of cancer as they grow and age.

Some biologists compute that such a cancer risk
should have caused elephants to go extinct."At the
 rate of cell division we see, young elephants should
be getting cancer and dying before they even get a
 chance to reproduce," Joshua Schiffman, a paediatric
 oncologist at the Huntsman Cancer Institute who led
 the research, told The Telegraph over the phone.

However, the researchers, who analysed a database
 of over 600 elephants maintained by an elephant-
keeper in Sweden, found that only about five per
cent of the elephants had been documented as dying
 from cancer compared with about 11 to 25 per cent
of humans.
The study's findings appeared today in the Journal
 of the American Medical Association.

The p53, discovered 35 years ago, has long been
 known to suppress tumours by signalling cells
that have acquired genetic damage to commit
apoptosis, or cellular suicide. The p53 gene is
mutated or inactivated in breast, liver, lung,
ovarian and colon cancers, among others.

Now, the Utah researchers have found that
 elephant cells subjected to genetic damage
are pushed towards apoptosis far more
aggressively than human cells with similar
 genetic damage.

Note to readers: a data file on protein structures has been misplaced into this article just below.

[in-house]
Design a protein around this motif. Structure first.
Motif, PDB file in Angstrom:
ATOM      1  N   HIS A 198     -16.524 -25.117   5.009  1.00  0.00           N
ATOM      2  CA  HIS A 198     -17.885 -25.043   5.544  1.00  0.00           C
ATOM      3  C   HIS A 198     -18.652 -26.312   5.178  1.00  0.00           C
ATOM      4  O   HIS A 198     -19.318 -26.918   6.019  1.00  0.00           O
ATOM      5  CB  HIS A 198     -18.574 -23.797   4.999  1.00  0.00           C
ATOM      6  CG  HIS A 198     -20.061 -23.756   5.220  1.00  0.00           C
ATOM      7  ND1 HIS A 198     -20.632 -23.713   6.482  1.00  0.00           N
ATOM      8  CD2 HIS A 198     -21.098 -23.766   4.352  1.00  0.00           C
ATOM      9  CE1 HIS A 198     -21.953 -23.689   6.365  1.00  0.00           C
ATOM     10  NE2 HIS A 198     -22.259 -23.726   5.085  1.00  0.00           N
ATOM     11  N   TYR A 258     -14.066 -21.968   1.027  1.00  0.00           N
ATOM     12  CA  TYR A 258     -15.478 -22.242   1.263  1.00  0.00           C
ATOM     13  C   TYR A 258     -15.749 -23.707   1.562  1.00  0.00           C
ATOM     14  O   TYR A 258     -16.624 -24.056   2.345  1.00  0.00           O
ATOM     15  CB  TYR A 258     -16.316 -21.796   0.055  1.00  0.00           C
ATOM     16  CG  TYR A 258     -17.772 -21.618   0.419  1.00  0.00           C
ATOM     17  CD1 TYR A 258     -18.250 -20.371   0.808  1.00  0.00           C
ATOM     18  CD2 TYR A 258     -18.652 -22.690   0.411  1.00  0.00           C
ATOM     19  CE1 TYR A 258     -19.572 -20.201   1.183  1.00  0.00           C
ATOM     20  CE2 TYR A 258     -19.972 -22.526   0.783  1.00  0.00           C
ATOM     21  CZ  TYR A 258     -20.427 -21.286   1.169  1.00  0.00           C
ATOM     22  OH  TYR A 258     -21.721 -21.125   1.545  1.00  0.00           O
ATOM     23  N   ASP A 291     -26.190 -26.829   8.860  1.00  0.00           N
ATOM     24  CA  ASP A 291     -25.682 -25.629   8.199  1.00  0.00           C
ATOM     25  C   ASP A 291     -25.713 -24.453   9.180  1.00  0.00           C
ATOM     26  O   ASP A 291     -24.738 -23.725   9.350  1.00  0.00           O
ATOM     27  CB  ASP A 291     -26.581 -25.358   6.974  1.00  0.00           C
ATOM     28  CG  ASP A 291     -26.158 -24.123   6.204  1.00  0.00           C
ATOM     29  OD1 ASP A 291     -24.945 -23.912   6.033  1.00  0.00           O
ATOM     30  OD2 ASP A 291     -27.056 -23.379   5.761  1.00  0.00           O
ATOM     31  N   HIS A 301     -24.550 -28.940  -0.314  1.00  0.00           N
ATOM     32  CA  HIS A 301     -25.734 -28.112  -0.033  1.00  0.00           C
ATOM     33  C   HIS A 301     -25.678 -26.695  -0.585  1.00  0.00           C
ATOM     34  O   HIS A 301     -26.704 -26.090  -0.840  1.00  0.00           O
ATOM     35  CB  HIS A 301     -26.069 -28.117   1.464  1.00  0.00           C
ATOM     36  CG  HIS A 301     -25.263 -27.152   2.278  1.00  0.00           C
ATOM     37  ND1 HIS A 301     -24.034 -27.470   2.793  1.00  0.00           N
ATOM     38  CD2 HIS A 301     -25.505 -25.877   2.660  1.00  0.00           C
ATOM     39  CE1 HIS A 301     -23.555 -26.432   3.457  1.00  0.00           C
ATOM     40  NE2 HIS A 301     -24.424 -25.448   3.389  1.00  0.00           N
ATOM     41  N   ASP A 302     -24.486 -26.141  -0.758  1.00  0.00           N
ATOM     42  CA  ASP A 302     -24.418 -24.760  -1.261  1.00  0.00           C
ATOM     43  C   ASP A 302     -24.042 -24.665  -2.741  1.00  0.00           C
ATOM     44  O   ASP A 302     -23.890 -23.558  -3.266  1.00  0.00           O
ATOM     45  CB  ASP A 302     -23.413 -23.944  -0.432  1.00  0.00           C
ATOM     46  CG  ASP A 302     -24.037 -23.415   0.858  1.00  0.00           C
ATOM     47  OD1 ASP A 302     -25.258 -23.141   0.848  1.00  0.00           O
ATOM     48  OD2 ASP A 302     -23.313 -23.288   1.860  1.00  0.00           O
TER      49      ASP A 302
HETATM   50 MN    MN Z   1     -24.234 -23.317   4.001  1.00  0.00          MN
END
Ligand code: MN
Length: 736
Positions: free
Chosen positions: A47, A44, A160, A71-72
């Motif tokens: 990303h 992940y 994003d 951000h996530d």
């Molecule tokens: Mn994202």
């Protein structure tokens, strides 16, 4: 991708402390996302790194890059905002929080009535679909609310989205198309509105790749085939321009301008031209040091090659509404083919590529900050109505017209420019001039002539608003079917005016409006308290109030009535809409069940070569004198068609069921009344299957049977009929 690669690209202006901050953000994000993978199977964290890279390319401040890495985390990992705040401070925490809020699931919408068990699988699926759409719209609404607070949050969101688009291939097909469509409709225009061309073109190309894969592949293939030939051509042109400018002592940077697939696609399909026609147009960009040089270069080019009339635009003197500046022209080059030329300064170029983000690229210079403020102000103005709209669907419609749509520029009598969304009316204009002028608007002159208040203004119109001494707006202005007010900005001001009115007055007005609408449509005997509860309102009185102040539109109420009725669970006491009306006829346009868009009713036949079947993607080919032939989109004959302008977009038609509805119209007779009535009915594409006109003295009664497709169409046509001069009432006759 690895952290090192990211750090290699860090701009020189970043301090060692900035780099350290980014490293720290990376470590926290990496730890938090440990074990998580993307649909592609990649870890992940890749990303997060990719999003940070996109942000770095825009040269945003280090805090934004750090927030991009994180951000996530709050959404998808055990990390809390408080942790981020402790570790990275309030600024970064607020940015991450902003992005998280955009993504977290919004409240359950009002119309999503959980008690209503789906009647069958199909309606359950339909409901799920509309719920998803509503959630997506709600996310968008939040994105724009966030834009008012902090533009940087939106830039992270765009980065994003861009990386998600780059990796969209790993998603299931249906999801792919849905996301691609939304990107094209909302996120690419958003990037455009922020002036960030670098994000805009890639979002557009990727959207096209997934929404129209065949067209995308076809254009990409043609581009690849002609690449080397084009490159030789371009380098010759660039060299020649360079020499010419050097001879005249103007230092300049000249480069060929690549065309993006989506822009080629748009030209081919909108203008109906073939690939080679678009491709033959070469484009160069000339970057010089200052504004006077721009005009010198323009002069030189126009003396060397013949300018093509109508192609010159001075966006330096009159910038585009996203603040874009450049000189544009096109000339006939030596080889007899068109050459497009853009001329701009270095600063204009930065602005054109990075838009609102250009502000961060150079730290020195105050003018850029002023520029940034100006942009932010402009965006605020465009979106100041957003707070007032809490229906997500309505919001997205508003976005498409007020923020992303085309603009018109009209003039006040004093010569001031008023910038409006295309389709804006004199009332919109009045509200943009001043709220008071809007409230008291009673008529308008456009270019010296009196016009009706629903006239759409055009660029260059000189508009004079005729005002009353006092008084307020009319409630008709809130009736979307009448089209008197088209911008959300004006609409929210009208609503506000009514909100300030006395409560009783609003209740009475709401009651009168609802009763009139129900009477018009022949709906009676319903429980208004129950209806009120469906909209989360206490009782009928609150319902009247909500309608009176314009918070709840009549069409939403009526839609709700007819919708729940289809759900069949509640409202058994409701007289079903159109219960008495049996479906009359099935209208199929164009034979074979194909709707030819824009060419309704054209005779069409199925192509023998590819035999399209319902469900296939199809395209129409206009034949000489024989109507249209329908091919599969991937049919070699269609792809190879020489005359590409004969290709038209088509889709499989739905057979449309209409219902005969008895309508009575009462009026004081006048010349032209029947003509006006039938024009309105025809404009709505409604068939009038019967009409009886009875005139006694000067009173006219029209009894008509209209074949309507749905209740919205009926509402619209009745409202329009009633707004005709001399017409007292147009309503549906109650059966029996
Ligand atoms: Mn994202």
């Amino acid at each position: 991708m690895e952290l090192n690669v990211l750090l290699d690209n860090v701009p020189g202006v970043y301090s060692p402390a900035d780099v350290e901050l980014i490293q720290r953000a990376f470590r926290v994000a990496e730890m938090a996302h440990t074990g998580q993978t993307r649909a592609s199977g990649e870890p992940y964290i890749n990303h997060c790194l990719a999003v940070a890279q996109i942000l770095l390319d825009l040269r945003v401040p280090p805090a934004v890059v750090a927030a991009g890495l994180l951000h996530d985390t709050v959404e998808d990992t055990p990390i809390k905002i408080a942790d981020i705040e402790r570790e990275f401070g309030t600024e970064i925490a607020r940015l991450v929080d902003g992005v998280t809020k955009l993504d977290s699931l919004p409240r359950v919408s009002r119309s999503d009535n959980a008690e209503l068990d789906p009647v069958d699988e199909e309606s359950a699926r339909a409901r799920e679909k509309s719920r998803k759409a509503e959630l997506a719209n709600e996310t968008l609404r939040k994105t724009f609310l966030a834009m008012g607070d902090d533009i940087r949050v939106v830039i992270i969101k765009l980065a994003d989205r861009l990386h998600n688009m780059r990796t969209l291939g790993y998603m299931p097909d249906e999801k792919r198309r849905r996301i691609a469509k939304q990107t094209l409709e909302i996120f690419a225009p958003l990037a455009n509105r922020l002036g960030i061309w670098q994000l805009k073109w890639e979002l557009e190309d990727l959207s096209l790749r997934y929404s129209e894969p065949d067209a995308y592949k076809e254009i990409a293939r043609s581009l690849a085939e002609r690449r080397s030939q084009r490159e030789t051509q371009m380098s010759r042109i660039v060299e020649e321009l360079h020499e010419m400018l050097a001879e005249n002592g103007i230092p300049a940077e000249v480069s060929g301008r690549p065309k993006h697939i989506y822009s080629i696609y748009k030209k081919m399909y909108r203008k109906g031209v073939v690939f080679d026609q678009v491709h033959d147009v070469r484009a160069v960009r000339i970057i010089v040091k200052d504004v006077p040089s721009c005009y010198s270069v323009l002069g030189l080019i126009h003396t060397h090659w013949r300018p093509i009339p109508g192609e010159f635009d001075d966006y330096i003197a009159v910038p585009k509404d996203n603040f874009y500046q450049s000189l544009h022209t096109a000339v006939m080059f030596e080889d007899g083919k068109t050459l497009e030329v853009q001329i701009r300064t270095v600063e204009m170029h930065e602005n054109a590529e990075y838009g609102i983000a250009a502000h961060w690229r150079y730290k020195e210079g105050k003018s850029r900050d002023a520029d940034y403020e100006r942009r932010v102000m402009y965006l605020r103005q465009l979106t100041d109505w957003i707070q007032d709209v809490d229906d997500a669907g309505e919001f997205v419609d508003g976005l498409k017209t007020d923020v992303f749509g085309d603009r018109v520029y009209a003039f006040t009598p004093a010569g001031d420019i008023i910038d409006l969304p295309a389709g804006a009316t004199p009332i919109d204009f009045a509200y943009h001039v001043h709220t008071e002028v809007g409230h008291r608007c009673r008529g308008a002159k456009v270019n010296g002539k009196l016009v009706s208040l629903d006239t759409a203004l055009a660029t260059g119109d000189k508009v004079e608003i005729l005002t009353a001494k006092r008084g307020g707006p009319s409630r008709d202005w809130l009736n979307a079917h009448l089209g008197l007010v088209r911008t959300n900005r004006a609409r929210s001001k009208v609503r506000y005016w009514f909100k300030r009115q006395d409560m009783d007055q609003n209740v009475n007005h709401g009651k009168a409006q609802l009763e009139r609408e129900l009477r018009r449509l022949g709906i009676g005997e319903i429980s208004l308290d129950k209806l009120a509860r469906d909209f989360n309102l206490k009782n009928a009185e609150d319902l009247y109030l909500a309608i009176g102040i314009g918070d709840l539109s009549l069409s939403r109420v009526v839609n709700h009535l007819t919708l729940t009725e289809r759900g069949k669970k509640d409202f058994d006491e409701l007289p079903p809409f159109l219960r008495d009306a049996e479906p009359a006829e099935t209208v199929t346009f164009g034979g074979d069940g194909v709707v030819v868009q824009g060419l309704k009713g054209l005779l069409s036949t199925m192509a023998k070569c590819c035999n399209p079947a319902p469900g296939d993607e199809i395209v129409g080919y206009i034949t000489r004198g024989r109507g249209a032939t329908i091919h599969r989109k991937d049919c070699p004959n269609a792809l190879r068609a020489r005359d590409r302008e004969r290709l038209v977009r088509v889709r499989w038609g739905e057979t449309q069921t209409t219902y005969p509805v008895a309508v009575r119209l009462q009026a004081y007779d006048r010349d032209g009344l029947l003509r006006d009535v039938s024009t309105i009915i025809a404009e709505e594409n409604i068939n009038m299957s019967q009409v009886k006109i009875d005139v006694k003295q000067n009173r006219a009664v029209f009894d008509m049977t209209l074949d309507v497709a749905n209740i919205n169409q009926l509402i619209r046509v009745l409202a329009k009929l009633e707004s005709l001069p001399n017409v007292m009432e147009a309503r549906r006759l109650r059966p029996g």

Bhaskara, independently involved in research
 aimed at developing new drugs for chemotherapy,
 helped design some of the experiments on
elephant cells, sharing her expertise on biological
repair mechanisms involving genetic material.

The scientists found that elephant cells self-
destructed at twice the rate of healthy human
 cells and more than five times the rate of cells
from people with a condition called Li-Fraumeni,
 who have only one copy of p53 and thus are at
high risk of developing cancer.
"This is a discovery," Renu Wadhwa, head of the
cell proliferation research group at the National
Institute of Advanced Industrial Science and
Technology in Japan, who was not associated
 with the Utah research, said over the phone.

"These findings suggest that elephants have very
 strong tumour suppressor mechanisms. Through
the extra copies of the gene, elephants are securing
 this mechanism."

But scientists have cautioned that more research
 would be needed to fully understand the mechanisms
in play in elephants. Earlier studies in mice had shown
 that extra copies of p53 could accelerate ageing.
"It is possible that elephants have some compensatory
genetic mechanisms that prevent the premature ageing
observed in mice with extra p53," said Sanjeev Das, a
senior scientist at the National Institute of Immunology,
 New Delhi, who has been independently studying p53
mechanisms in cancer.

Bhaskara, who completed school and university in
 Chennai before moving to the US for research, recalls
 wanting to study organic chemistry and mathematics
 while in high school but later switching to biochemistry
 in university.

"Mathematics is theoretical," she said in a phone
interview. "But biochemistry is lab work -- and I'm
doing just that."
The Utah scientists are hoping to use their findings
 to test large numbers of natural or synthetic
 compounds on cancer cells.
"We want to determine if any compound can mimic,
 in cells exposed to genetic damage, the effect of the
 extra p53 we see in elephant cells," Schiffman said.
 "The long-term goal is to apply such knowledge on